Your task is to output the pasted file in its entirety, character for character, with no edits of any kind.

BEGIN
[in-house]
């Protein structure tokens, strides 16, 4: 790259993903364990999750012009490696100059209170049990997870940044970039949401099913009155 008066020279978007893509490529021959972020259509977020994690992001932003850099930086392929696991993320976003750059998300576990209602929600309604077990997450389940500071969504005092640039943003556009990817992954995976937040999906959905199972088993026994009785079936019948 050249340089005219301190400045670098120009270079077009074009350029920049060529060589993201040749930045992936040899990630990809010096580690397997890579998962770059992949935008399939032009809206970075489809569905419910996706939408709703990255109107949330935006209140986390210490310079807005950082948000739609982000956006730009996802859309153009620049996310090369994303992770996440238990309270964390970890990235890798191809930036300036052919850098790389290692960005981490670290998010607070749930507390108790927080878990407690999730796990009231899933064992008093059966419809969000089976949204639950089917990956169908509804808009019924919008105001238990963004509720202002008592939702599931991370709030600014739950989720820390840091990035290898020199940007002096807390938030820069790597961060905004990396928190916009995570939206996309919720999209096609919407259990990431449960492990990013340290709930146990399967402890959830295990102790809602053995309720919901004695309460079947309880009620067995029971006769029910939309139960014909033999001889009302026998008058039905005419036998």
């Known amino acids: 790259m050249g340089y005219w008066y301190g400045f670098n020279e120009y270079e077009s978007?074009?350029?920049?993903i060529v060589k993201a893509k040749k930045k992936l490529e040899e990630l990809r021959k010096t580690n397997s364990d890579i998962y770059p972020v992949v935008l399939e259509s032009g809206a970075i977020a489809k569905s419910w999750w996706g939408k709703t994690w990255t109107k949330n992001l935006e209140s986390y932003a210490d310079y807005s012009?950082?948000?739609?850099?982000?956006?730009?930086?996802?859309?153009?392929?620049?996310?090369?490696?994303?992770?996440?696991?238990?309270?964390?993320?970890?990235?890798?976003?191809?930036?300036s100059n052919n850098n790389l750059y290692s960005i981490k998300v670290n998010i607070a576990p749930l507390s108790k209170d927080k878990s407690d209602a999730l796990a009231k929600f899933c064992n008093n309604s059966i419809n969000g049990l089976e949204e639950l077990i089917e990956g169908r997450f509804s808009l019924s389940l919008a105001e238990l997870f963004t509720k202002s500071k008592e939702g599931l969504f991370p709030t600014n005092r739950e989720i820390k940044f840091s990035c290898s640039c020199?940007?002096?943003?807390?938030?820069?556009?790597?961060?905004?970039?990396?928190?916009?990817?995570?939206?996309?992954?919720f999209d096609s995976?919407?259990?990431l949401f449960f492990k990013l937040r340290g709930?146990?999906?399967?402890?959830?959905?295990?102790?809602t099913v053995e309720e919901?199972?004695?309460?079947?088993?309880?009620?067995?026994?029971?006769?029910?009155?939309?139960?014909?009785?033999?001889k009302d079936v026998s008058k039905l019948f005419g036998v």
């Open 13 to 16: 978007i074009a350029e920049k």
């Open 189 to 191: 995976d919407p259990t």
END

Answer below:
[in-house]
């Protein structure tokens, strides 16, 4: 790259993903364990999750012009490696100059209170049990997870940044970039949401099913009155 008066020279978007893509490529021959972020259509977020994690992001932003850099930086392929696991993320976003750059998300576990209602929600309604077990997450389940500071969504005092640039943003556009990817992954995976937040999906959905199972088993026994009785079936019948 050249340089005219301190400045670098120009270079077009074009350029920049060529060589993201040749930045992936040899990630990809010096580690397997890579998962770059992949935008399939032009809206970075489809569905419910996706939408709703990255109107949330935006209140986390210490310079807005950082948000739609982000956006730009996802859309153009620049996310090369994303992770996440238990309270964390970890990235890798191809930036300036052919850098790389290692960005981490670290998010607070749930507390108790927080878990407690999730796990009231899933064992008093059966419809969000089976949204639950089917990956169908509804808009019924919008105001238990963004509720202002008592939702599931991370709030600014739950989720820390840091990035290898020199940007002096807390938030820069790597961060905004990396928190916009995570939206996309919720999209096609919407259990990431449960492990990013340290709930146990399967402890959830295990102790809602053995309720919901004695309460079947309880009620067995029971006769029910939309139960014909033999001889009302026998008058039905005419036998």
């Known amino acids: 790259m050249g340089y005219w008066y301190g400045f670098n020279e120009y270079e077009s978007?074009?350029?920049?993903i060529v060589k993201a893509k040749k930045k992936l490529e040899e990630l990809r021959k010096t580690n397997s364990d890579i998962y770059p972020v992949v935008l399939e259509s032009g809206a970075i977020a489809k569905s419910w999750w996706g939408k709703t994690w990255t109107k949330n992001l935006e209140s986390y932003a210490d310079y807005s012009?950082?948000?739609?850099?982000?956006?730009?930086?996802?859309?153009?392929?620049?996310?090369?490696?994303?992770?996440?696991?238990?309270?964390?993320?970890?990235?890798?976003?191809?930036?300036s100059n052919n850098n790389l750059y290692s960005i981490k998300v670290n998010i607070a576990p749930l507390s108790k209170d927080k878990s407690d209602a999730l796990a009231k929600f899933c064992n008093n309604s059966i419809n969000g049990l089976e949204e639950l077990i089917e990956g169908r997450f509804s808009l019924s389940l919008a105001e238990l997870f963004t509720k202002s500071k008592e939702g599931l969504f991370p709030t600014n005092r739950e989720i820390k940044f840091s990035c290898s640039c020199?940007?002096?943003?807390?938030?820069?556009?790597?961060?905004?970039?990396?928190?916009?990817?995570?939206?996309?992954?919720f999209d096609s995976?919407?259990?990431l949401f449960f492990k990013l937040r340290g709930?146990?999906?399967?402890?959830?959905?295990?102790?809602t099913v053995e309720e919901?199972?004695?309460?079947?088993?309880?009620?067995?026994?029971?006769?029910?009155?939309?139960?014909?009785?033999?001889k009302d079936v026998s008058k039905l019948f005419g036998v």
């Open 13 to 16: 978007i074009a350029e920049k």
């Open 189 to 191: 995976d919407p259990t």